Surface decorated particles, such as NiO, NiS, and Ni4N, usually possess high crystallinity after oxidation,20 sulphuration,21 and nitridation treatments,22 hence block the proton from accessing the Pt active sites underneath the decorated particles. And only a small fraction of Pt sites located near the interface can be activated. Therefore, we proposed three strategies to solve the problem. 1) Instead of decorating Pt surface the NiO with high crystallinity that prevents the electrolyte from accessing the underneath Pt atoms, we propose to decorate the Pt surface with amorphous and defective Ni(OH)2 shell that allows the electrolyte to penetrate and access all the surface Pt sites. Meanwhile, all the surface Pt atoms are closed to Ni(OH)2 and become water dissociation favorable, therefore delivering the maximum mass activity. 2) The second method is to use the smallest number of nickel species to activate the most Pt atoms while minimizing the blockage of the surface Pt sites to ensure the highest mass activities of Pt to ensure atom utilization efficiency To achieve this target, we propose to downsize the decorated bulk Ni(OH)2 nanoparticles to single Ni(OH)2 species on ultrathin Pt nanowires to maximize the exposure of Pt atoms while ensuring that each Pt atom is adjacent to at least one Ni(OH)2 as the promotor. 3) The previous two strategies may achieve a very high Pt utilization level, but still limited by surface atoms of a particle. Thus in parallel we propose a third strategy is to distributed single-atom Pt on the layered double hydroxide to achieve 100% utilization of Pt atoms (details in Task 2).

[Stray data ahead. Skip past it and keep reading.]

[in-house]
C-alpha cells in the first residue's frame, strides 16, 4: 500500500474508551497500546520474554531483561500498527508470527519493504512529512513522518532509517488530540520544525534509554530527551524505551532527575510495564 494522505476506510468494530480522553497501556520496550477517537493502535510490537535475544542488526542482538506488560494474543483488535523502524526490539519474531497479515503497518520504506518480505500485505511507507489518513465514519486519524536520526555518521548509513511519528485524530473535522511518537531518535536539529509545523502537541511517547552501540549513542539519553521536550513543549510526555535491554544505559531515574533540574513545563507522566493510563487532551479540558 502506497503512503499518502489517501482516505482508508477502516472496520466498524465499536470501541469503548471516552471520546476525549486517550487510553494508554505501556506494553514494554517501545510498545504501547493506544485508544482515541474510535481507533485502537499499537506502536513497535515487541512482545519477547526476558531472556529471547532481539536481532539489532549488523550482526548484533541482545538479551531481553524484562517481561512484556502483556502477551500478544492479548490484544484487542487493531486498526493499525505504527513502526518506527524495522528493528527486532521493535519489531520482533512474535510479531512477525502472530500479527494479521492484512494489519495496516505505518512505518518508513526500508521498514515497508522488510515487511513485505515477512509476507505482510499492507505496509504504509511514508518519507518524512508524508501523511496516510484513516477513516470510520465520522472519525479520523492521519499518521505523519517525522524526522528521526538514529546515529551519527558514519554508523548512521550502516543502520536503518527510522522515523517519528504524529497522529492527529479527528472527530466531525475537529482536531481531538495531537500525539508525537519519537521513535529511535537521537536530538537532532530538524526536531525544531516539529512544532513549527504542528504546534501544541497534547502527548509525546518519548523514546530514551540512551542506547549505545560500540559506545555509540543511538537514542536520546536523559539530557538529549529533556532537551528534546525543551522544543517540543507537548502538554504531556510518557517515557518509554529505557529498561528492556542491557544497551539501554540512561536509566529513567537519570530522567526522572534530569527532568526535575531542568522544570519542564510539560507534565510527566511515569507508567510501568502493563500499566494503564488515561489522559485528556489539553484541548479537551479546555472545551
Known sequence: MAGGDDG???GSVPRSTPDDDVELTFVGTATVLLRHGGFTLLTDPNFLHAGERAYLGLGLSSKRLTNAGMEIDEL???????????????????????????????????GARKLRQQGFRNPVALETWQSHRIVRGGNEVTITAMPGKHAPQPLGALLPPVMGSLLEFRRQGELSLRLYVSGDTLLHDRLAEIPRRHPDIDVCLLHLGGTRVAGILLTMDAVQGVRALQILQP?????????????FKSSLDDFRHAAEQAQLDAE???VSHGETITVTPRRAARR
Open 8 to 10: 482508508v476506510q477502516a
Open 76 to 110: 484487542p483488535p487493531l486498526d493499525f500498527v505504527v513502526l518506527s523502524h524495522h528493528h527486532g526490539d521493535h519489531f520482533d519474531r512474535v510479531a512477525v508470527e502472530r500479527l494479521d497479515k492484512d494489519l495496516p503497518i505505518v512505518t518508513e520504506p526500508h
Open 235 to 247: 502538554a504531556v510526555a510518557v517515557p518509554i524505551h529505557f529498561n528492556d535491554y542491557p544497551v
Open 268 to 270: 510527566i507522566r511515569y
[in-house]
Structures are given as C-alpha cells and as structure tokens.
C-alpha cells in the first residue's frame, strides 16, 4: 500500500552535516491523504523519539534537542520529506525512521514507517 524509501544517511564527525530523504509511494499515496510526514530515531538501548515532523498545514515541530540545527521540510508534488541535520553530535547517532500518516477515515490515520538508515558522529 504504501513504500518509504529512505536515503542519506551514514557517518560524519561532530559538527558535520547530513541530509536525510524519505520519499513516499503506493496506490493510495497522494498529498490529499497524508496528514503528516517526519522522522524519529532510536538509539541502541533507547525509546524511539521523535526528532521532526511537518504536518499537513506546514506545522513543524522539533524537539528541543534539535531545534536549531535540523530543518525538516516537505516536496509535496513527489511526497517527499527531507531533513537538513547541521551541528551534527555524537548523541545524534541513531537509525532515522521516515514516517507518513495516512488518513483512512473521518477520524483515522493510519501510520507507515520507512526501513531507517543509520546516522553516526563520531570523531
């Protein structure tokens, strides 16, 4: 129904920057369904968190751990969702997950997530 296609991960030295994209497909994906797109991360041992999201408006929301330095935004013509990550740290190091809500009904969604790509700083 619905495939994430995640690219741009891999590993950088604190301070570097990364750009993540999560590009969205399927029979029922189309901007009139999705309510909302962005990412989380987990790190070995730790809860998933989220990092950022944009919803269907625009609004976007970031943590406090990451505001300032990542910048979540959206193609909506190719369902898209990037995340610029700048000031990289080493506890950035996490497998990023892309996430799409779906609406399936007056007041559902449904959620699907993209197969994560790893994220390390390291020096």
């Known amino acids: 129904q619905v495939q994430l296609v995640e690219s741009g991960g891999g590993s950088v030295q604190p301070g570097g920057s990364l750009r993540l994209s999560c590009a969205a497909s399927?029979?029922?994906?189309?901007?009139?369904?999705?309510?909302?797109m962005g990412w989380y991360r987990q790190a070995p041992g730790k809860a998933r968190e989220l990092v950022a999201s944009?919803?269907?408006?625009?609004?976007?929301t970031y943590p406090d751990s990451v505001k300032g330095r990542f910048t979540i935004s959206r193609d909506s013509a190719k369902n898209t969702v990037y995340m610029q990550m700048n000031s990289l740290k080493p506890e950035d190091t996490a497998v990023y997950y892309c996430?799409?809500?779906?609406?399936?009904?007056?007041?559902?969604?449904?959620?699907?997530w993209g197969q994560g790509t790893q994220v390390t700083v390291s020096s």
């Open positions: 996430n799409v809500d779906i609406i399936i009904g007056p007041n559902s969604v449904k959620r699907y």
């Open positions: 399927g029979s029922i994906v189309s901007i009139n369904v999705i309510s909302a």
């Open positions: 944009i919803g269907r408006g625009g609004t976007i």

2.3 Single-atom catalysts in acidic conditions (Task 2)


Another effective method to reduce the Pt loading while maintaining the comparable activity is to downsize the Pt particles to Pt single atoms. Previously, we have developed a convenient, rapid, and general strategy to synthesize a series of monodispersed atomic transition metals (for example, Co, Ni, Cu) embedded in nitrogen-doped graphene by two-second microwave (MW) heating the mixture of amine-functionalized graphene oxide and metal salts.23 The rapid MW process minimizes metal diffusion and aggregation to ensure exclusive single metal atom dispersion in graphene lattices. Electrochemical studies demonstrate that graphene-supported single Co atoms can function as highly active electrocatalysts toward the hydrogen evolution reaction in acidic conditions (Figure 4A and B).23 Similar to Pt, it has the ideal onset potential (~0 V vs. RHE), and extraordinary stability (Figure 4D). However, its Tafel slope (80 mV/dec) is still far from the ideal case of Pt (30 mV/dec), and thus its overall HER activity is still less than the Pt/C.